# SPLITN - Editorial

Author: Yash Kulkarni
Testers: Abhinav Sharma, Venkata Nikhil Medam
Editorialist: Nishank Suresh

1195

# PREREQUISITES:

Knowledge of the binary number system

# PROBLEM:

Kulyash has an integer N. In one operation, he can take an integer X he has and break it into two integers Y and Z whose sum is X. Find the minimum number of operations needed so that every integer with him is a power of 2.

# EXPLANATION:

Note that each operation performed doesn’t change the sum of all the numbers Kulyash has. In particular, the sum is always going to be N.

At the final state, when everything is a power of 2, this means that we have written N as the sum of some powers of 2. So, if we are able to find the minimum number of powers of 2 needed to write N, we will then be able to find our answer — if we need K powers of 2 to sum up to N, the answer is K-1 because we can create one of these powers at each step (and the last step will create two).

So, what is the minimum number of powers of 2 needed?

Write N in binary. If it has K set bits, then we need at least K powers of 2 to sum up to N.

The proof of this should be fairly easy to see if you are familiar with the binary number system, but is included below for completeness.

Proof

Suppose we write N = x_1 + x_2 + \ldots + x_m, where each x_i is a power of 2. If some two of the x_i are equal, we can combine them into a single larger power of 2 and obtain a sum of N with m-1 powers of 2 instead.

Hence, when N is written as the sum of the lowest possible number of powers of 2, all these powers must be distinct. However, by the property of the binary number system, there is exactly one way to write a number as the sum of distinct powers of 2.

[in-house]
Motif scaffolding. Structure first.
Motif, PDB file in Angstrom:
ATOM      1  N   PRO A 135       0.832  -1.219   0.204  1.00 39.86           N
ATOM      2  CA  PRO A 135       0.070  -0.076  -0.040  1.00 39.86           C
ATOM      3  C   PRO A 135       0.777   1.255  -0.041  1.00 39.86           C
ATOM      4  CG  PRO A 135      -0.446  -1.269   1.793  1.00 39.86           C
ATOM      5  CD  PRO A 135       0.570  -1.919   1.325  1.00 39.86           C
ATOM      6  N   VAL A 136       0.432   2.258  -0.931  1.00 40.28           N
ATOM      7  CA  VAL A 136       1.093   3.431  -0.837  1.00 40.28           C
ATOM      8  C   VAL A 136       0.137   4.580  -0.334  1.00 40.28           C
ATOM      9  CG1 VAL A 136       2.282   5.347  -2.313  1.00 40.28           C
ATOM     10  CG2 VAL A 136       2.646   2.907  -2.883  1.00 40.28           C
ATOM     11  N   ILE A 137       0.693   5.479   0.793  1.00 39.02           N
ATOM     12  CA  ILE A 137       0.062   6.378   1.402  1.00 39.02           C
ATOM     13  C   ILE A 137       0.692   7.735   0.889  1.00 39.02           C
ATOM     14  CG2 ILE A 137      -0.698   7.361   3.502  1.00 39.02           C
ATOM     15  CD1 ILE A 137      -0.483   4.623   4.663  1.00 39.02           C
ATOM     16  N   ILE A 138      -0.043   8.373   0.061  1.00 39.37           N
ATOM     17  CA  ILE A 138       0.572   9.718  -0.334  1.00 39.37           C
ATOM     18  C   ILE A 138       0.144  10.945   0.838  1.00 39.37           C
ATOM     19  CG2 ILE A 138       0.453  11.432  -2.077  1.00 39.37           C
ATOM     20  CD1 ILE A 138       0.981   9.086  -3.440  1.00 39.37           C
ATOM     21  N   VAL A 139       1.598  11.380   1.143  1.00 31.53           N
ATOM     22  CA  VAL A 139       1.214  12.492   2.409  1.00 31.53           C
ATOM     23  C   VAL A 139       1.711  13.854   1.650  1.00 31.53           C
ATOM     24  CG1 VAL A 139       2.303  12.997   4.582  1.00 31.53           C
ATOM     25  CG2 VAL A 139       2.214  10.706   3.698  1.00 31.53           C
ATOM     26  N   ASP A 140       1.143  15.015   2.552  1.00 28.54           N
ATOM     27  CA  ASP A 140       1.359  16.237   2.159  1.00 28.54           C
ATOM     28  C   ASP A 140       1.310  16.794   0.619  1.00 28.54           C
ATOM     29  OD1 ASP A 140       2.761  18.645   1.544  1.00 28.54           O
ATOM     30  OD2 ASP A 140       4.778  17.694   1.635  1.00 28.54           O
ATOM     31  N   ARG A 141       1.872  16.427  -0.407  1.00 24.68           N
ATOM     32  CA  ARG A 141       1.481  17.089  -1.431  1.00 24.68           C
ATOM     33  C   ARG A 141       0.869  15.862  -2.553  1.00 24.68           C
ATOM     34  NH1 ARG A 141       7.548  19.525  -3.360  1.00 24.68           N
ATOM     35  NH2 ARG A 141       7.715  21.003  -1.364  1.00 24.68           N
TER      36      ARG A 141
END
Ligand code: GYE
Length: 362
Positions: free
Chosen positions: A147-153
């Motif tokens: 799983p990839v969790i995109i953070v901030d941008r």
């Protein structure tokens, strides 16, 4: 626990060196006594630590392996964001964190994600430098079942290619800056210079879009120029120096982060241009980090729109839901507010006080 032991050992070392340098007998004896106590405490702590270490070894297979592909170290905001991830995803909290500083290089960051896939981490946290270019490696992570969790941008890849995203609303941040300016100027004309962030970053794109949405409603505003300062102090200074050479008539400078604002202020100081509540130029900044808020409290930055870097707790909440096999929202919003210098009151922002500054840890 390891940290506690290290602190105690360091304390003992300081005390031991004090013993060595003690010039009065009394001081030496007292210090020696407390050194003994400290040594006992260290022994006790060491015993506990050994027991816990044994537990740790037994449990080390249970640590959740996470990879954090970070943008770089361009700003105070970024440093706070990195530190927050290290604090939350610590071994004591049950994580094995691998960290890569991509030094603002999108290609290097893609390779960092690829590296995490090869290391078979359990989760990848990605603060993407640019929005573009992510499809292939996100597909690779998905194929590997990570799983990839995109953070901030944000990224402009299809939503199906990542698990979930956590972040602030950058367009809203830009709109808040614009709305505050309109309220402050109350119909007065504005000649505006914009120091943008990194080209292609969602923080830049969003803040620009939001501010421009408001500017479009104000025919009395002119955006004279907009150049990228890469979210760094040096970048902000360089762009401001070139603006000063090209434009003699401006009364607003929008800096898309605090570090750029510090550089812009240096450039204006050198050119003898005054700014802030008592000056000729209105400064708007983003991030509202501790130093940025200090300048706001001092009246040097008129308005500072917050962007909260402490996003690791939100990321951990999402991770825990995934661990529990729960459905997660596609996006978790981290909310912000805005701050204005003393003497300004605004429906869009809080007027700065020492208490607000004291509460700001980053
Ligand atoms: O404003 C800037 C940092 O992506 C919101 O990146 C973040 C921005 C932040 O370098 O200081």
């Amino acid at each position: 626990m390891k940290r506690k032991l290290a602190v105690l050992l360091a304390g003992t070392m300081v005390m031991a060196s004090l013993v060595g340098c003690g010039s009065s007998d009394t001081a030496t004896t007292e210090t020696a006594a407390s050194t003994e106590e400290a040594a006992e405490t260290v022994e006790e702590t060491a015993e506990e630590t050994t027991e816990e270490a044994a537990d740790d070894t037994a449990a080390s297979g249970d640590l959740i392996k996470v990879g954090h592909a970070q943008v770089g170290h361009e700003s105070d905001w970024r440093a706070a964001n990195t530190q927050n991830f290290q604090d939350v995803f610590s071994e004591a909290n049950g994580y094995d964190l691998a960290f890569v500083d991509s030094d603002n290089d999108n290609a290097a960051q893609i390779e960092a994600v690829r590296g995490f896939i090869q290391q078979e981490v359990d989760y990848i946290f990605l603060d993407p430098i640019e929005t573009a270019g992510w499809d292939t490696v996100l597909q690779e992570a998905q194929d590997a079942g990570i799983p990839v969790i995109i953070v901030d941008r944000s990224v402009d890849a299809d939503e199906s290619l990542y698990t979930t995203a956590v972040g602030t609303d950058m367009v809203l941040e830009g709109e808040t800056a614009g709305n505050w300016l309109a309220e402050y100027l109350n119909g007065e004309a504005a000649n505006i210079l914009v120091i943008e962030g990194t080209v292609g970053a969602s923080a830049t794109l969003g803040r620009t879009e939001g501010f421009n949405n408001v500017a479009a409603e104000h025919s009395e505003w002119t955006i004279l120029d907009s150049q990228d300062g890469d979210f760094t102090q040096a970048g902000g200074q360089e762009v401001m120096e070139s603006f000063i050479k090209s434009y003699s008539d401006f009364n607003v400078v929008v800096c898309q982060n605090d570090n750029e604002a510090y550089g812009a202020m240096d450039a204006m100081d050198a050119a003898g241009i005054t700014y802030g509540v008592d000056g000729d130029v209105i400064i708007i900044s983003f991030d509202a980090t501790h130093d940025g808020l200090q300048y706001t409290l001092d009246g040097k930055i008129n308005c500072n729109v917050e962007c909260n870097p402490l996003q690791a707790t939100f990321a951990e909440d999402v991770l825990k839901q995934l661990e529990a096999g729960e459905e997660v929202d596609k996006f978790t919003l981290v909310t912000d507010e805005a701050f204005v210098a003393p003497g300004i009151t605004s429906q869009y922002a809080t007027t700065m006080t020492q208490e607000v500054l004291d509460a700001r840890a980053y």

This completes the proof.

Once we know the above, the implementation is fairly simple. Count the number of set bits in the binary representation of N (either by looping over each bit or using some inbuilt function), let this be K. The answer is then K-1.

# TIME COMPLEXITY:

\mathcal{O}(\log N) or \mathcal{O}(1) per test case.

# CODE:

Tester (C++)
// Tester: Nikhil_Medam
#include <bits/stdc++.h>
#pragma GCC optimize ("-O3")
using namespace std;
#define IOS ios::sync_with_stdio(0); cin.tie(0); cout.tie(0);
#define endl "\n"
#define int long long
#define double long double
const int N = 1e5 + 5;

int t, n;
int32_t main() {
cin >> t;
while(t--) {
cin >> n;
cout << __builtin_popcount(n) - 1 << endl;
}
return 0;
}


Editorialist (Python)
for _ in range(int(input())):
n = int(input())
print(bin(n).count('1') - 1)

1 Like

can anyone explain whats wrong in this approch

void solve() {
int n;
cin>>n;;
int count=1;

if(ceil(log2(n)) == floor(log2(n))){
cout<<0<<endl;
}
else{
int k=n-power(2,floor(log2(n)));

while(k>2){
int p=k-power(2,floor(log2(k)));
k=p;
count++;
}
cout<<count<<endl;
}

}


//can anybody tell me why this code is showing wrong answer

#include<bits/stdc++.h>

#define ll long long

using namespace std;

ll func(ll n)
{
while(n%2==0)
{
n=n/2;
}
if(n==1)//it is already in power of 2
return 1;
else return 0;
}
void solve()
{
ll n;
cin>>n;
if(func(n))
{
cout<<“0”<<endl;
}
else
{
ll temp=n;
ll ctr=0;
while(temp>1)
{
temp/=2;
ctr++;
}
ll diff=n-pow(2,ctr);
if(func(diff))
{
cout<<“1”<<endl;
}
else
{
cout<<“2”<<endl;
}
}
}
int main()
{

int t;
cin>>t;
while(t--)
{
solve();
}
return 0;


}

return statement isn’t there in solve function! Please check.

1 Like

it’s void function therefore return is not required.